Twitter users have excoriated The Economist for posting a tweet that appeared to legitimize public debate over trans people’s reproductive autonomy.
The British publication’s Twitter account posted a tweet Tuesday evening that read, “Should transgender people be sterilized before they are recognized?”, which linked to a week-old article about Japan’s Supreme Court ruling that trans people in the country must undergo sex reassignment surgery before legally changing genders.
"This is our world,” tweeted Broadly journalist Diana Tourjée in response. “We make it each day through our actions and our speech. Trans people are regarded as animal, and we are meant to accept this as critical discourse, lest be accused of silencing free speech.”
“How fucking dare they?” added Media Matters editor Parker Molloy. “There is absolutely no context where that is an okay question to ask.”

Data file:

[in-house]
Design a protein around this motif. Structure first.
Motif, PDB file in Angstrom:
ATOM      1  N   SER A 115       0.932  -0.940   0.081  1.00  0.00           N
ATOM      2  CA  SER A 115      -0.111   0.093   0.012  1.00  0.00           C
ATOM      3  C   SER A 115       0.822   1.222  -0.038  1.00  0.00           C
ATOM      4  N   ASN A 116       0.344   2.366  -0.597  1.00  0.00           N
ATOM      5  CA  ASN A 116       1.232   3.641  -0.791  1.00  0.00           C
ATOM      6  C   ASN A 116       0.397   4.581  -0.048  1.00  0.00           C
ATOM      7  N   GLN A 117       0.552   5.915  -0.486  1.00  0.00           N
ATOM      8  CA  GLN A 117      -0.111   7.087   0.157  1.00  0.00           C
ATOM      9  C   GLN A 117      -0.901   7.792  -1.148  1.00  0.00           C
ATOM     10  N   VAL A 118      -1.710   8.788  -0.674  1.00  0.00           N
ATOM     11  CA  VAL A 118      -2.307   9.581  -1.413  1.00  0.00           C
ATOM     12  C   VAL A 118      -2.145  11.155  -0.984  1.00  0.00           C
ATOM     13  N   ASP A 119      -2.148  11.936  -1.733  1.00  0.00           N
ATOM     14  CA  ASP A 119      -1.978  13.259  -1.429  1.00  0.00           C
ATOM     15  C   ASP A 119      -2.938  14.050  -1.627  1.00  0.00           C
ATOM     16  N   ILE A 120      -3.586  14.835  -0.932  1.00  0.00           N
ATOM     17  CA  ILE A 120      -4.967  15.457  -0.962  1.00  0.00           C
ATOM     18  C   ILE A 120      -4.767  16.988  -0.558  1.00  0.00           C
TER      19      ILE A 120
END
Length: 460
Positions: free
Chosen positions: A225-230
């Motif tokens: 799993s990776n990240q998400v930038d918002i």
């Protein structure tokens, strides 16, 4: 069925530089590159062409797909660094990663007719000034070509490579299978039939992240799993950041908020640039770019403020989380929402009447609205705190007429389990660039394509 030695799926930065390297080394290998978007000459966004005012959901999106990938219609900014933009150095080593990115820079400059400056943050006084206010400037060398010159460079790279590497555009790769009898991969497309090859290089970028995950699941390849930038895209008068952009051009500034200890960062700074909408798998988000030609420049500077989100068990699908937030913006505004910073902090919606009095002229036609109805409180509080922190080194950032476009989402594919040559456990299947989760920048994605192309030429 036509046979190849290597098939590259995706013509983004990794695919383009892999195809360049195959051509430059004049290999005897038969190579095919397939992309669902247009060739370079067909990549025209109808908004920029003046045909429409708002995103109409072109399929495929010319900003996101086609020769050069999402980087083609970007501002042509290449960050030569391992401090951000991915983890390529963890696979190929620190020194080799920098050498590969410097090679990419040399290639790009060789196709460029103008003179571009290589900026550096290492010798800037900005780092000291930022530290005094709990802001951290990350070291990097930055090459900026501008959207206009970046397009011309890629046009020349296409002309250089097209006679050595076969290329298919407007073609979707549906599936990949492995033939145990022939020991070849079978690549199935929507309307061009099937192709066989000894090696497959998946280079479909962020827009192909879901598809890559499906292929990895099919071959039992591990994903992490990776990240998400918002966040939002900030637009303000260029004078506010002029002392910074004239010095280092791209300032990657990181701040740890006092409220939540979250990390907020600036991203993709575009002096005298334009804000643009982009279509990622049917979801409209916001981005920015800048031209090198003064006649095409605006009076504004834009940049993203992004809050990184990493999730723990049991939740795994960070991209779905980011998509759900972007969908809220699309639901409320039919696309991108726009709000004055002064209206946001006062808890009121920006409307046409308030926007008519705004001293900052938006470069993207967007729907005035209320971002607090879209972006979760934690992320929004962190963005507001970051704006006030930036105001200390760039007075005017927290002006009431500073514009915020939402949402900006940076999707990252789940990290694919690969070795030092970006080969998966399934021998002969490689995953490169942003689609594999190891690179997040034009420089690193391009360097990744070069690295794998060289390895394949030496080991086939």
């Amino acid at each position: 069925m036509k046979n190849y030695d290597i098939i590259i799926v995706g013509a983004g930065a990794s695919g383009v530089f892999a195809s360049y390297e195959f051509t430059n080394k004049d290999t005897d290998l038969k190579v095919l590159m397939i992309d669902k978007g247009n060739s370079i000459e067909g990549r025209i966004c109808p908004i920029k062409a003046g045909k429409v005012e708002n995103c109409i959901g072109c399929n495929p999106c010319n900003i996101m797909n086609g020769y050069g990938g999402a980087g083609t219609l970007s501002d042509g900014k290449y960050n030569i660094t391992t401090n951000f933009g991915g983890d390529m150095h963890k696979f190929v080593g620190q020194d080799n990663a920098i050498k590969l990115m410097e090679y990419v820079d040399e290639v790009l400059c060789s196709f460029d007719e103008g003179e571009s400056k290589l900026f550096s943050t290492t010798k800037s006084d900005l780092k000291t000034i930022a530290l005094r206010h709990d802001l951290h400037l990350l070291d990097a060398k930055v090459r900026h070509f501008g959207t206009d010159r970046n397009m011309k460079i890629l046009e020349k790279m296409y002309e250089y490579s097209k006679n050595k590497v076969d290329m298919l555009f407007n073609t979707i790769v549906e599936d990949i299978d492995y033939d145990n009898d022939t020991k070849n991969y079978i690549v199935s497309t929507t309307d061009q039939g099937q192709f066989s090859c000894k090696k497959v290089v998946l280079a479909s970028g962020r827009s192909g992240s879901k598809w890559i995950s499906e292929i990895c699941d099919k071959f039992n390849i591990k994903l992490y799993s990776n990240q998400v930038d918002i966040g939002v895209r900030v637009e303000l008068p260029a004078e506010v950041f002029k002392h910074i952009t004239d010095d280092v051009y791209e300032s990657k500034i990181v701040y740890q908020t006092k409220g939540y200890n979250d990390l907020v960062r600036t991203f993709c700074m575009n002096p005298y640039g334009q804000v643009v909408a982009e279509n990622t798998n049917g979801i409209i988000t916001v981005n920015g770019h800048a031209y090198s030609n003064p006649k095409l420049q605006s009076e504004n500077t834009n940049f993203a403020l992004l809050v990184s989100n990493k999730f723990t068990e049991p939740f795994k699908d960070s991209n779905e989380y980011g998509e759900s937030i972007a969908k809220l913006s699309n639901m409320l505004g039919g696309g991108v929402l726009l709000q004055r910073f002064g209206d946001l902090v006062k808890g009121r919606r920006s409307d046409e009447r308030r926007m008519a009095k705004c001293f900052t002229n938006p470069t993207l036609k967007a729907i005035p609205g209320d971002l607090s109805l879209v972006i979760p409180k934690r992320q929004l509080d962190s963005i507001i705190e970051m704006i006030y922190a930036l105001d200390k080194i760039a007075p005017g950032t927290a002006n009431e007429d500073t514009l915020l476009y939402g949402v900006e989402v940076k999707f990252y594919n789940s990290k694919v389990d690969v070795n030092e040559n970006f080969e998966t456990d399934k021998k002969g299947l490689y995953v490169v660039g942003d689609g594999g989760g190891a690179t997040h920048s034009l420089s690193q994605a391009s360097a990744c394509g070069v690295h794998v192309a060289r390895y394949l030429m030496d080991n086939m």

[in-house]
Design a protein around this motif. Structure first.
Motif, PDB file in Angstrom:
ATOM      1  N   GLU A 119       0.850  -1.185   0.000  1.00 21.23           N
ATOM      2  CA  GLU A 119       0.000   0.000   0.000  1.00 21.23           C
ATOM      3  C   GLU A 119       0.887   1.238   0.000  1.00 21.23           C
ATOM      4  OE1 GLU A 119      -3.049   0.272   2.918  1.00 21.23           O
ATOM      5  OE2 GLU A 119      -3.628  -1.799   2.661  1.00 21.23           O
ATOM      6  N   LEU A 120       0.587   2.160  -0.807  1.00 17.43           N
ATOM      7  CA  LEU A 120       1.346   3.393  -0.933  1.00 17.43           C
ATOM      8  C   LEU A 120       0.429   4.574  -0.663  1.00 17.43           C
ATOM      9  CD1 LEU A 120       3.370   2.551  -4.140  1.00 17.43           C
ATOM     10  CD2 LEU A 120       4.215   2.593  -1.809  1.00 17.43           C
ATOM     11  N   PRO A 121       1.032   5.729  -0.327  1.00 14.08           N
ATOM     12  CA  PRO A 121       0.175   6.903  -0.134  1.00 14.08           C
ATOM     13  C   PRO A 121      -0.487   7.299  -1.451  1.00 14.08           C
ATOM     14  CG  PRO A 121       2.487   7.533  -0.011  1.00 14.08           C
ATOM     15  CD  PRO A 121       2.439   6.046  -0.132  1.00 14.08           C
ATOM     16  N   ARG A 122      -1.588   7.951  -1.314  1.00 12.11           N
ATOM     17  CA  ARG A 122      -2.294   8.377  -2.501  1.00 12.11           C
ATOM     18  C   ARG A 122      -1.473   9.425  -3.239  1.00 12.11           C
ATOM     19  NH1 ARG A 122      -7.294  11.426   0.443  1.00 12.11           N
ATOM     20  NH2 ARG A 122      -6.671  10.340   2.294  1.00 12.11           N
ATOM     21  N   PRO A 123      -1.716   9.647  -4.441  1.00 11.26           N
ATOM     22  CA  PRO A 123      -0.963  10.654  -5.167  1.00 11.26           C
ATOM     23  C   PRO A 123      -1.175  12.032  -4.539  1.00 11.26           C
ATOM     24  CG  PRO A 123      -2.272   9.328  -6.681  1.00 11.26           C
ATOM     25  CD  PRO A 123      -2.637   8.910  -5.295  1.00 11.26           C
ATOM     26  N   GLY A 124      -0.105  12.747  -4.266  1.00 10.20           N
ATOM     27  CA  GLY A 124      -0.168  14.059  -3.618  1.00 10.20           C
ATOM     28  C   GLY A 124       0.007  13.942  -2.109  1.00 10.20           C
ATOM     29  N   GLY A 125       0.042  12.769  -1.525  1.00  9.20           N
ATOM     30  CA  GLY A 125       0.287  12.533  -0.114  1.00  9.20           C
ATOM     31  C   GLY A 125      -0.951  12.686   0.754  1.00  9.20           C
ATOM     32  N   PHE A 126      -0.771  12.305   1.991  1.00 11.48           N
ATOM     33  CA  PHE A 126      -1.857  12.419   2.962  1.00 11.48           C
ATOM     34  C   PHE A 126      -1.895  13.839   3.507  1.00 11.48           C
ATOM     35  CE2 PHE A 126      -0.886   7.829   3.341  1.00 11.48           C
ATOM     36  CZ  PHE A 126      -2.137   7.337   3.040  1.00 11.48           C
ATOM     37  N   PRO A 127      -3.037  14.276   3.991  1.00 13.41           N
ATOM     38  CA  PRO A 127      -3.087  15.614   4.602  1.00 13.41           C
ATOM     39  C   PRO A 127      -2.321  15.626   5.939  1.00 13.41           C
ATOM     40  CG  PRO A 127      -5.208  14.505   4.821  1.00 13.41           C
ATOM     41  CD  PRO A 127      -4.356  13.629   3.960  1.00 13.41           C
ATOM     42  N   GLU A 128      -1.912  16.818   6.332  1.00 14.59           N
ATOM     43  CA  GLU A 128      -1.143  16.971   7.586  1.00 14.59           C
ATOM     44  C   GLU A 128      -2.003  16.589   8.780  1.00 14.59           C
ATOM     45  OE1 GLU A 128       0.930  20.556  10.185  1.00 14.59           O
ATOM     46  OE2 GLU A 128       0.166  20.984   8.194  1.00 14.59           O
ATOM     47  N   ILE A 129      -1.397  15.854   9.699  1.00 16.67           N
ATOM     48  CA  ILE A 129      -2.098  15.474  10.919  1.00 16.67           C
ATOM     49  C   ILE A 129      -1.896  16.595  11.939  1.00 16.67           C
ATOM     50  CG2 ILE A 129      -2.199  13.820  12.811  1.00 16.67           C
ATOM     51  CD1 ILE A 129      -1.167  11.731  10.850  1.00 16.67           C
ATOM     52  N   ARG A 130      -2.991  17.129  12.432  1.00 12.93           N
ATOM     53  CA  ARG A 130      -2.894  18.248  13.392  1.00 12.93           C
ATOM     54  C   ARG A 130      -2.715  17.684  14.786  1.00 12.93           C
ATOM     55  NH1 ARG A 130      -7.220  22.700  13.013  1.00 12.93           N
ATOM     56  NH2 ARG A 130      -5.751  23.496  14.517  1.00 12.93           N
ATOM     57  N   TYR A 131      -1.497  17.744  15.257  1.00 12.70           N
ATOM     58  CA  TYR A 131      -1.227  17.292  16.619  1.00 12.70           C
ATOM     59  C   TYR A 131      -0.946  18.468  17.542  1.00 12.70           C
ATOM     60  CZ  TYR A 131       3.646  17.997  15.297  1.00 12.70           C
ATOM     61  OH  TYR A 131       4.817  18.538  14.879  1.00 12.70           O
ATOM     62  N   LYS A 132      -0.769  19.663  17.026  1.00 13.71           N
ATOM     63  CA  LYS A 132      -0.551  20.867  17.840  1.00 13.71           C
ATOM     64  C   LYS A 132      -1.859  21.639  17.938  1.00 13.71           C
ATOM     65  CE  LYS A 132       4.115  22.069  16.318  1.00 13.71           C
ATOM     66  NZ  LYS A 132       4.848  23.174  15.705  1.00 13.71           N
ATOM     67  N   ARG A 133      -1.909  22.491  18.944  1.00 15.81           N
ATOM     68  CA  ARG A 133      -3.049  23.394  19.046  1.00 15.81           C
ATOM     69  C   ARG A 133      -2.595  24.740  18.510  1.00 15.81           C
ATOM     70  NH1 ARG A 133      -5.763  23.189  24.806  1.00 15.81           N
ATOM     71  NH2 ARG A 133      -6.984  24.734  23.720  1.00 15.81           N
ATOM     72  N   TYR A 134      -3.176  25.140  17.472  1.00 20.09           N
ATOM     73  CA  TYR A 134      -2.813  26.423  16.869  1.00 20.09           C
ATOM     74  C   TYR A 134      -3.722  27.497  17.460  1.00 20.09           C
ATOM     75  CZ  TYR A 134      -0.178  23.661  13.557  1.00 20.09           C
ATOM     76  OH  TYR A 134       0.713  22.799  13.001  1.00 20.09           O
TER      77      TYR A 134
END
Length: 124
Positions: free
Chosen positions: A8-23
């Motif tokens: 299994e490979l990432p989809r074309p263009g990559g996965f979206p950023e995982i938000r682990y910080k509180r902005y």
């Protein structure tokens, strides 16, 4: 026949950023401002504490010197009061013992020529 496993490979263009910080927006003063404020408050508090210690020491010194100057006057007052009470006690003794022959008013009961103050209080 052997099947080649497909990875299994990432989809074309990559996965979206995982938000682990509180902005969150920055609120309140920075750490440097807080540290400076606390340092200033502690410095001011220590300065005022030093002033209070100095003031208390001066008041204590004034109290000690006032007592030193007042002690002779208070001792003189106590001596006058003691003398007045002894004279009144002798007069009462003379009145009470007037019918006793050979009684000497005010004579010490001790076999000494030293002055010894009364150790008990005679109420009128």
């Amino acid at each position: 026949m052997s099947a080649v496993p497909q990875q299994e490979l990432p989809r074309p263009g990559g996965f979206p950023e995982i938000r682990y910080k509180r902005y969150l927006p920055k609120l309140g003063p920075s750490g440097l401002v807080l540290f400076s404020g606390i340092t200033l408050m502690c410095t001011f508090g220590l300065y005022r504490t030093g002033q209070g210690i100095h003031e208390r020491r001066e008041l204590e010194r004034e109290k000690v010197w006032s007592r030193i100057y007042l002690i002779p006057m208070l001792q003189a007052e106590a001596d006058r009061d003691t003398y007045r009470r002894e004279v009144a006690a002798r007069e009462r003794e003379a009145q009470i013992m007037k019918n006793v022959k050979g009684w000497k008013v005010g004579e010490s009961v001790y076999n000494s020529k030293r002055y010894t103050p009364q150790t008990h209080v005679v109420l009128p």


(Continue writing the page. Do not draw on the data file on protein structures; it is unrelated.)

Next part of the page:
The Economist deleted the tweet, noting the deletion in a follow-up post: “We deleted an earlier tweet which [mischaracterized] our article on transgender rights in Japan. Here is that article, which remains unchanged.”
In a statement to Out, Lauren Hackett, the senior vice president of global communications for The Economist Group, the London-based media company that publishes The Economist, says that the tweet’s messaging was a mistake.
“This was a line from the article that was mistakenly taken out of context,” says Hackett. “The article explores in detail a question that was put to Japan's Supreme Court. Our tweets often use a line from the articles they link to. We’ve noted the error and corrected it in subsequent tweets.”
In January, Japan’s Supreme Court voted unanimously to uphold a 2004 law requiring trans people to undergo sex reassignment surgery before changing the gender marker on all legal documents — effectively mandating sterilization for anyone wishing to legally transition.
Many countries engage in this form of trans-targeted eugenics, Broadly notes, even the United States. Many states will only let a trans person change the gender marker on their birth certificate or other legal documents after undergoing a transition-related surgery that involves a sterilizing procedure like a hysterectomy or an orchiectomy, which the United Nations' Human Rights Council has deemed “torture” since 2013.